The partially frozen extract slush, in the first freezing zone has the consistency of a thick sherbetlike material that will retain its shape and form upon standing while still being sufficiently plastic to be molded or deformed into a desired shape. The partially frozen extract is then deposited in a second freezing zone in a form having adequate surface area for effective freeze-drying, and is cooled below its eutectic point to completely freeze the extract in said form.
It has been suggested that the partially frozen extract be transferred from the first freezing zone to the second freezing zone by extruding it through a die member under sufficient pressure to form an extrudate in the form of a rope or multiplicity of ropes" or ribbons" which retain their shape and which can be frozen in the second stage freezing zone before or after being cut into short length particles. This method of transferring the slushed extract provides many tangible advantages to the process and product, e.g., a porous surface and a precast shape which promote good freeze-drying efficiency and results in a dark-brown colored soluble coffee product having excellent aroma retention, satisfactory density, and a color similar to that of roasted and ground coffee.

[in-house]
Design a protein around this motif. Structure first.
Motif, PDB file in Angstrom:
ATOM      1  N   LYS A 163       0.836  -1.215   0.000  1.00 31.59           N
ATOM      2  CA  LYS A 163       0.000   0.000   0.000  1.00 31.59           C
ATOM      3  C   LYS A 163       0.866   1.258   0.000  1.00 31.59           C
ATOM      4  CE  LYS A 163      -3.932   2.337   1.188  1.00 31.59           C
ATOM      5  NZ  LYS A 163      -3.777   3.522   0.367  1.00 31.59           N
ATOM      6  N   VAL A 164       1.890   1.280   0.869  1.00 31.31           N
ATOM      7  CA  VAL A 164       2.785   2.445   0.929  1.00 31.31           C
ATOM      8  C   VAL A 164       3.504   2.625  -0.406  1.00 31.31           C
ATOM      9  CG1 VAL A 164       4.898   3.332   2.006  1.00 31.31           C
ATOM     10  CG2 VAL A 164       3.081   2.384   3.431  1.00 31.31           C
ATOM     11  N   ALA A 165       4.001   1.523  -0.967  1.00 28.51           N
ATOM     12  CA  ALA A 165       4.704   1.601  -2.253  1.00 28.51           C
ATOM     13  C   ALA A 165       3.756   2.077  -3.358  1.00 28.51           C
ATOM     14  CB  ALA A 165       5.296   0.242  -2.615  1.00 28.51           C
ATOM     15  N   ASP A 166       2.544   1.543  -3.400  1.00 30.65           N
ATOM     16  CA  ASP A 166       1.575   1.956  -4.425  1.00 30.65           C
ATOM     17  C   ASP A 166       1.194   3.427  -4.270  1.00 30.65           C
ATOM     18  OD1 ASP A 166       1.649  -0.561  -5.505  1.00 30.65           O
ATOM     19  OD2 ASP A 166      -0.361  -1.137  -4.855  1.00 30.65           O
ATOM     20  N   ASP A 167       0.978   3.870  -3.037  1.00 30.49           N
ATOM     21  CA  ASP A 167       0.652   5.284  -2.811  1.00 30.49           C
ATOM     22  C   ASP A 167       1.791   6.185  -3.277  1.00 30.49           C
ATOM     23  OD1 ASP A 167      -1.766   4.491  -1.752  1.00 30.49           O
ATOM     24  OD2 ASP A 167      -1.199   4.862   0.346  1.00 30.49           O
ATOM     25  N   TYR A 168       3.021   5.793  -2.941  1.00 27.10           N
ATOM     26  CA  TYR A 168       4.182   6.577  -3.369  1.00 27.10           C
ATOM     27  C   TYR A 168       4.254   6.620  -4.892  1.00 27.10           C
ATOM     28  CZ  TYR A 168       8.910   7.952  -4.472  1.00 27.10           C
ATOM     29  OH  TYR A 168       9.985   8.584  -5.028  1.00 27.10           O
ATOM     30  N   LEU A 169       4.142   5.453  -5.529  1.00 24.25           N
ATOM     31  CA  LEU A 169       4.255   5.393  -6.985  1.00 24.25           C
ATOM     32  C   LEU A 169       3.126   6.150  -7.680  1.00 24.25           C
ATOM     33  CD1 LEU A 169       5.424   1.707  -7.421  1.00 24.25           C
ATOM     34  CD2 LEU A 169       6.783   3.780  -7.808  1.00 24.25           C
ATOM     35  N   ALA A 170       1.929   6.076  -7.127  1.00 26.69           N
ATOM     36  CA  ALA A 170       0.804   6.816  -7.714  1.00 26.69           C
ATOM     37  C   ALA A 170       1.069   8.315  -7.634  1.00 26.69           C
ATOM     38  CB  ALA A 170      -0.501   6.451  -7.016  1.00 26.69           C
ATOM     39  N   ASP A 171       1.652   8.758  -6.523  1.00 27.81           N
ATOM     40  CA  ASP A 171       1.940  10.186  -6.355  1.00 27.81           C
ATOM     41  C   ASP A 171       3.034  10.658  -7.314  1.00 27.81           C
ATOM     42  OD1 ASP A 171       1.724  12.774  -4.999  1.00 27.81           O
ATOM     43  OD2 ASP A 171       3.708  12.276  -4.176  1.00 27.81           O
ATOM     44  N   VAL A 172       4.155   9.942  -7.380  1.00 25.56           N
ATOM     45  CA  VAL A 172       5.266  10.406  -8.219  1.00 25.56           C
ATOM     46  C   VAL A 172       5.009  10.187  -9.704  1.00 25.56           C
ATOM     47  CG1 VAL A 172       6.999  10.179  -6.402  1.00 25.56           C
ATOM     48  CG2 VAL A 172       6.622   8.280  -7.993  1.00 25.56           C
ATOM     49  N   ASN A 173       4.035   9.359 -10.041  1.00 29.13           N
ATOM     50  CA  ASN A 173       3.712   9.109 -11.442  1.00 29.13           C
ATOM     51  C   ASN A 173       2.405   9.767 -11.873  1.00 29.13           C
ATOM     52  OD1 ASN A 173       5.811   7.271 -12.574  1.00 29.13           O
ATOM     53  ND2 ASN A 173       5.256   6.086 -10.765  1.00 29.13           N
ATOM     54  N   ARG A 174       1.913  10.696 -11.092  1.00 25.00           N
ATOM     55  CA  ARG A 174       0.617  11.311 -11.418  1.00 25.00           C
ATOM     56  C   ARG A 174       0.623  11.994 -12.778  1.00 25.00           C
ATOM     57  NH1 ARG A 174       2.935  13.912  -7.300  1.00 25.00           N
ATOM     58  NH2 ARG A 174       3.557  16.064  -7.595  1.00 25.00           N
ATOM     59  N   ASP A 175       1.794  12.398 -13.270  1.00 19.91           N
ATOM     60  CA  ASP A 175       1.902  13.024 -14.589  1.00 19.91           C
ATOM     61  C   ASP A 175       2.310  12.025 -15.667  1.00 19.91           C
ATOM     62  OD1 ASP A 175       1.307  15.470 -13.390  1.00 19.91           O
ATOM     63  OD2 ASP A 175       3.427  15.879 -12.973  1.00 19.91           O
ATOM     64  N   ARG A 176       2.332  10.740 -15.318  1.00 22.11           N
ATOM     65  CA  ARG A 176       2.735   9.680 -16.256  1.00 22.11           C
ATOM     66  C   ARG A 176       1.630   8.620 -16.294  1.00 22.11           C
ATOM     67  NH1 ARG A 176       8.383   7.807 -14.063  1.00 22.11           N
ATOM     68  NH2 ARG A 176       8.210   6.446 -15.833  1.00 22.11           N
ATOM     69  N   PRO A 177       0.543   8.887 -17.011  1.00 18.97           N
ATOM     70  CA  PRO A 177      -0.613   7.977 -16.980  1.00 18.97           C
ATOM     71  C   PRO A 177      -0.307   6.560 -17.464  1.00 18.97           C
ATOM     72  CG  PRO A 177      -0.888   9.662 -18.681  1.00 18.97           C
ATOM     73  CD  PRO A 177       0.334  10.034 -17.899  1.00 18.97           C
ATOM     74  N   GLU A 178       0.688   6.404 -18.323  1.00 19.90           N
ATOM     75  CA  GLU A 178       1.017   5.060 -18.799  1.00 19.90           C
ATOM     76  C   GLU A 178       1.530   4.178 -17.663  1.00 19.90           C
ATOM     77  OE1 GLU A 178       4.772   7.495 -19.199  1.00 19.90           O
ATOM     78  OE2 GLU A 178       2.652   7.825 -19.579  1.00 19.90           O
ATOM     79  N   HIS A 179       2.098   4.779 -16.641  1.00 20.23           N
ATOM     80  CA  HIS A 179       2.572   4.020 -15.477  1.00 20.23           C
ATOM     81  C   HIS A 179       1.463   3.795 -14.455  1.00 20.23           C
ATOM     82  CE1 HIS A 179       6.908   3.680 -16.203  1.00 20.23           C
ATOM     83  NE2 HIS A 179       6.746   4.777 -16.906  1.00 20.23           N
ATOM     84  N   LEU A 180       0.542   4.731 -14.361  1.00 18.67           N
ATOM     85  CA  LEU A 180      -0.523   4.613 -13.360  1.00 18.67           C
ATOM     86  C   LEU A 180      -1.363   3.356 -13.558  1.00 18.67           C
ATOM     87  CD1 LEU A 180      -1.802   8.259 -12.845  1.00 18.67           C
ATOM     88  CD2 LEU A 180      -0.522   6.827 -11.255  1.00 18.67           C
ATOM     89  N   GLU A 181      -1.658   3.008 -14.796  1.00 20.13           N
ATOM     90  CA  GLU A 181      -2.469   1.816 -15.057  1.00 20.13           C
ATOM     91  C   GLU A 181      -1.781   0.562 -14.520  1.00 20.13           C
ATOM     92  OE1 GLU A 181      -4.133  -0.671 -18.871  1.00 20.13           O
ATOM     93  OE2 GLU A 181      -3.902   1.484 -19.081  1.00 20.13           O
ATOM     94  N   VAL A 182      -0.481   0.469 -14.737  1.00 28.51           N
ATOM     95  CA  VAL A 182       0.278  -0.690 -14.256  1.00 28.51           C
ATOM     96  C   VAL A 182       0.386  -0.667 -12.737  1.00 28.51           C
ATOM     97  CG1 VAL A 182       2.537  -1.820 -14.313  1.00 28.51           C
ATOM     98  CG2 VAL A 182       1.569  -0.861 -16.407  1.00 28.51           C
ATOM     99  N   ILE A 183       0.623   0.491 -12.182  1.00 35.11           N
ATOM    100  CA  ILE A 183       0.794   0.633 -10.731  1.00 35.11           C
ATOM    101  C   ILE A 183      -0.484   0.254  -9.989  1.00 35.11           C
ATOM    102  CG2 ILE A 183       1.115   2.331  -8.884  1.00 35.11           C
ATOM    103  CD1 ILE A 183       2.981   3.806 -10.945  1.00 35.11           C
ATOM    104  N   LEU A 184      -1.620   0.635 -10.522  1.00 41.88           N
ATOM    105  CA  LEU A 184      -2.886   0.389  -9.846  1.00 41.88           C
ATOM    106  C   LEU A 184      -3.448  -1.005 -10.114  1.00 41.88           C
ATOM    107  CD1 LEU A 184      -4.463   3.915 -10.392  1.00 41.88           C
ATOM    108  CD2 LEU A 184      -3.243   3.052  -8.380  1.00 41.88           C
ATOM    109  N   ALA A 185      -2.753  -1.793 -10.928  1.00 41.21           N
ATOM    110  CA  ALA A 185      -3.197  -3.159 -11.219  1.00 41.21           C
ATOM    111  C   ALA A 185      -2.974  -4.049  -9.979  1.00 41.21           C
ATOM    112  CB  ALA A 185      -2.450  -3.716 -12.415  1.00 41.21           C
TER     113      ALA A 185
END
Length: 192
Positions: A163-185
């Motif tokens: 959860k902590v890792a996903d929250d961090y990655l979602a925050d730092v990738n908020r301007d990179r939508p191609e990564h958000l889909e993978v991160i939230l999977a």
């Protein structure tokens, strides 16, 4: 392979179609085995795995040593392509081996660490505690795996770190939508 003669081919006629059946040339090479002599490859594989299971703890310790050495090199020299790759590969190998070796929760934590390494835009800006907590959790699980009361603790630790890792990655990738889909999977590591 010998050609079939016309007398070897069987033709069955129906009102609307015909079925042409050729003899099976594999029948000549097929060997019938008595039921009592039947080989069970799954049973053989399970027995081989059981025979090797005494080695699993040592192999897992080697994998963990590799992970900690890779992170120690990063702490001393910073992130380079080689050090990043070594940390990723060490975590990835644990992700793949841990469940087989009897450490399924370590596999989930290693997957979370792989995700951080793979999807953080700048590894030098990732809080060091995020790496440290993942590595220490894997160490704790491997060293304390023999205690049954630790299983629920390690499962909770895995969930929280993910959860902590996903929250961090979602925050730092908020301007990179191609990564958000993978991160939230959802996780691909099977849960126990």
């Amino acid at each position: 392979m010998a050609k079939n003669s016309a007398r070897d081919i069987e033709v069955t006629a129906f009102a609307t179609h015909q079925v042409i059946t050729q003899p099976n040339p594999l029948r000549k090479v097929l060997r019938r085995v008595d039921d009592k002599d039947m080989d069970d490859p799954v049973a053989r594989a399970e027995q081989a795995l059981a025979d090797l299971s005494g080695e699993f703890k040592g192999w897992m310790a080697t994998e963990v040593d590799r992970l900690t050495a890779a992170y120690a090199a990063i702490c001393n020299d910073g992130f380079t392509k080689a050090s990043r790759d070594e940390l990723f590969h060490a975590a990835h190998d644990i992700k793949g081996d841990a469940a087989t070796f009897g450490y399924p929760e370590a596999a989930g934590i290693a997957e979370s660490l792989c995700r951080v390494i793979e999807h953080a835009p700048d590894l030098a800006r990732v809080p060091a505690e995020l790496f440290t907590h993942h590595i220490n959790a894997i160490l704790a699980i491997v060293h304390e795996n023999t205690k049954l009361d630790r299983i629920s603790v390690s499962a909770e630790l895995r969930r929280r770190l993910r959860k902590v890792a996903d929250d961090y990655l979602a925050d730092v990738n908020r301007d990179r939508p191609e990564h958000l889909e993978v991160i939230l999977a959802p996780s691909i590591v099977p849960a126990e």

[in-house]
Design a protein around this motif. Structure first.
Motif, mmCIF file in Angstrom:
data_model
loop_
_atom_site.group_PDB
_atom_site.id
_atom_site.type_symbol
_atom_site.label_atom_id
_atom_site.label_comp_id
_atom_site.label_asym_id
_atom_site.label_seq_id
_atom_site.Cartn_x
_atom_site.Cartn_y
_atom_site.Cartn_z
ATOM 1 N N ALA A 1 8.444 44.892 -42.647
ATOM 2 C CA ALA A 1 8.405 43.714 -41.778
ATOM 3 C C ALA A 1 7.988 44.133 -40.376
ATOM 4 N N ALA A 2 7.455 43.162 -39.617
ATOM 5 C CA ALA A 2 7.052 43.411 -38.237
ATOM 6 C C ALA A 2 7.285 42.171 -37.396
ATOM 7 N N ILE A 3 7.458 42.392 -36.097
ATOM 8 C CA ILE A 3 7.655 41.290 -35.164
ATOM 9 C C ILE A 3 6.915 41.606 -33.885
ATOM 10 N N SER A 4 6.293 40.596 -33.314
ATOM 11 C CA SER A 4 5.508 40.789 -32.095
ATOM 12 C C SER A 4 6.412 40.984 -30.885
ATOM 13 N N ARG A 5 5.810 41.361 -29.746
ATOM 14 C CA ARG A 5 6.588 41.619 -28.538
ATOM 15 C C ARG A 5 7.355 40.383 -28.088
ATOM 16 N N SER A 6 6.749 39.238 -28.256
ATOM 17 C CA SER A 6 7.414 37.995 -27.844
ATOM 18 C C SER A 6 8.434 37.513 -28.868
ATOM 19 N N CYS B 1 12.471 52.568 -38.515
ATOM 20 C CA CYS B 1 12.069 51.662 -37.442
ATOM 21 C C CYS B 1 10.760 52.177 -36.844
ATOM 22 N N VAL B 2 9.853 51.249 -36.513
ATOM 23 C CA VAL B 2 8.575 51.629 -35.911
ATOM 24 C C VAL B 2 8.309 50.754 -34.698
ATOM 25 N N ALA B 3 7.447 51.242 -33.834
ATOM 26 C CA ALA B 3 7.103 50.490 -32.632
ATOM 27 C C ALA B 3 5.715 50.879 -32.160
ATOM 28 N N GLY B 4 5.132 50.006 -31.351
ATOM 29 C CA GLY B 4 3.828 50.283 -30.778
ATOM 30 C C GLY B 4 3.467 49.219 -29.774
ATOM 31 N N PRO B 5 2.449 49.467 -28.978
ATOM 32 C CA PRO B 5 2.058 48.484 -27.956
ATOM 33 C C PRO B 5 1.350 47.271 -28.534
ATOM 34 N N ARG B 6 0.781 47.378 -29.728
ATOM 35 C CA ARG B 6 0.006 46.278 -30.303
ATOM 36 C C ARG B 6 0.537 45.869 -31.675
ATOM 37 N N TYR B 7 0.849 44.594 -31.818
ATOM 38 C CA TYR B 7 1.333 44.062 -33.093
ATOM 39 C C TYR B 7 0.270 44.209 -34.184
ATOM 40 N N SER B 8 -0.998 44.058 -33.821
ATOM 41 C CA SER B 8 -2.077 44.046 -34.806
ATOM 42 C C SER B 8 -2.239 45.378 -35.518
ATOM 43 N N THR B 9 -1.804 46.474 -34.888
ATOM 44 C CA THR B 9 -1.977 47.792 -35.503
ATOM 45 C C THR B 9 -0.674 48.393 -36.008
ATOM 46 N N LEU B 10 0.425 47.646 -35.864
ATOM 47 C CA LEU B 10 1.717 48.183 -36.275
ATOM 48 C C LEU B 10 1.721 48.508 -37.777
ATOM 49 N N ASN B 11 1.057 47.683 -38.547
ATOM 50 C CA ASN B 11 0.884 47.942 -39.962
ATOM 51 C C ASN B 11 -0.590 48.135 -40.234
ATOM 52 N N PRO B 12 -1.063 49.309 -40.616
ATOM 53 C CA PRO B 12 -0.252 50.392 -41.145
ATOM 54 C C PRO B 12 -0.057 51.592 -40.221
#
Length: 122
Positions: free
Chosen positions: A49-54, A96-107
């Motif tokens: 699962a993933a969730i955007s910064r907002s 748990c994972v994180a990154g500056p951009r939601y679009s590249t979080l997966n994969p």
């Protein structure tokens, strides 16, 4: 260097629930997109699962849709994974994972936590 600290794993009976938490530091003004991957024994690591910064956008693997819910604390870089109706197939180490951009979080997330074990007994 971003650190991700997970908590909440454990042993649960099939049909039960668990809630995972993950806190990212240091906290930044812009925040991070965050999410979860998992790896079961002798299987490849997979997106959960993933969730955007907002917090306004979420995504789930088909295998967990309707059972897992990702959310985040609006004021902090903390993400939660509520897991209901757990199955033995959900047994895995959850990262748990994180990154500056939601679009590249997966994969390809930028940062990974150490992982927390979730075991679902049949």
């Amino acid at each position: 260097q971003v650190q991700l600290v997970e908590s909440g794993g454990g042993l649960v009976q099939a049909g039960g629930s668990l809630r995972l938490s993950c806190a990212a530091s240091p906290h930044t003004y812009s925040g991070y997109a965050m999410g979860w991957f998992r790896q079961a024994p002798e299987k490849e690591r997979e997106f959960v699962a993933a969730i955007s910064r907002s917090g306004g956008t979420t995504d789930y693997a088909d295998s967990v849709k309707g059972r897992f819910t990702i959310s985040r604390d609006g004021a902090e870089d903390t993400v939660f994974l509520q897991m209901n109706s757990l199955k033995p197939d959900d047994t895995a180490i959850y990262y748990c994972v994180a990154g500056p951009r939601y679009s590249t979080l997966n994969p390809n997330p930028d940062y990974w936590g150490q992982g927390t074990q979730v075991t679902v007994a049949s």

The transfer of the partially frozen extract from a first freezing zone to a second freezing zone by extrusion has not attained substantial commercial acceptance, however, because of the tendency for the ice crystal content of the extract slush to segregate as the slush slowly passes through the unagitated zone of the extruder immediately prior to being extruded through the orifices in the die block.